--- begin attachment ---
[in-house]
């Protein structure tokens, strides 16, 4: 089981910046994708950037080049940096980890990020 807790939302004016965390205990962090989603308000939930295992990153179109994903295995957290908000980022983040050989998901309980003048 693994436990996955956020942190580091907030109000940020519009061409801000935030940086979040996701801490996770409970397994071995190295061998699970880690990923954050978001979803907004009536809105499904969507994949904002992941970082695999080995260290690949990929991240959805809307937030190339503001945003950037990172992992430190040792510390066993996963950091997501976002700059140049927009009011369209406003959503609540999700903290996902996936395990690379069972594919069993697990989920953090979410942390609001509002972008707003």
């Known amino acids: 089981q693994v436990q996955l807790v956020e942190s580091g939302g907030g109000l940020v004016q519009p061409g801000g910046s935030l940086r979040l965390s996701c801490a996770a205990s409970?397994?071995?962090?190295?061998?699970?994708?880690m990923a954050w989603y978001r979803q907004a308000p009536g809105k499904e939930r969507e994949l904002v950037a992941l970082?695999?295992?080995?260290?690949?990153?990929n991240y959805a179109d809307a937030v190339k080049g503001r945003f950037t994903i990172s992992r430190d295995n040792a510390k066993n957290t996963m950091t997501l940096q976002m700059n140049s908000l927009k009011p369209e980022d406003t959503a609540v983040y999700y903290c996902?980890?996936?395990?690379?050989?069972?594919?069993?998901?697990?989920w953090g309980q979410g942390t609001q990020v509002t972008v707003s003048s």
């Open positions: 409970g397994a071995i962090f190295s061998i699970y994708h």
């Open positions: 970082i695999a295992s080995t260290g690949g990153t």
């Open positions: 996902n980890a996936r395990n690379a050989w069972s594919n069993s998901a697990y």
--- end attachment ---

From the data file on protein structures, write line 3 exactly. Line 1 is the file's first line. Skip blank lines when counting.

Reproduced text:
């Known amino acids: 089981q693994v436990q996955l807790v956020e942190s580091g939302g907030g109000l940020v004016q519009p061409g801000g910046s935030l940086r979040l965390s996701c801490a996770a205990s409970?397994?071995?962090?190295?061998?699970?994708?880690m990923a954050w989603y978001r979803q907004a308000p009536g809105k499904e939930r969507e994949l904002v950037a992941l970082?695999?295992?080995?260290?690949?990153?990929n991240y959805a179109d809307a937030v190339k080049g503001r945003f950037t994903i990172s992992r430190d295995n040792a510390k066993n957290t996963m950091t997501l940096q976002m700059n140049s908000l927009k009011p369209e980022d406003t959503a609540v983040y999700y903290c996902?980890?996936?395990?690379?050989?069972?594919?069993?998901?697990?989920w953090g309980q979410g942390t609001q990020v509002t972008v707003s003048s």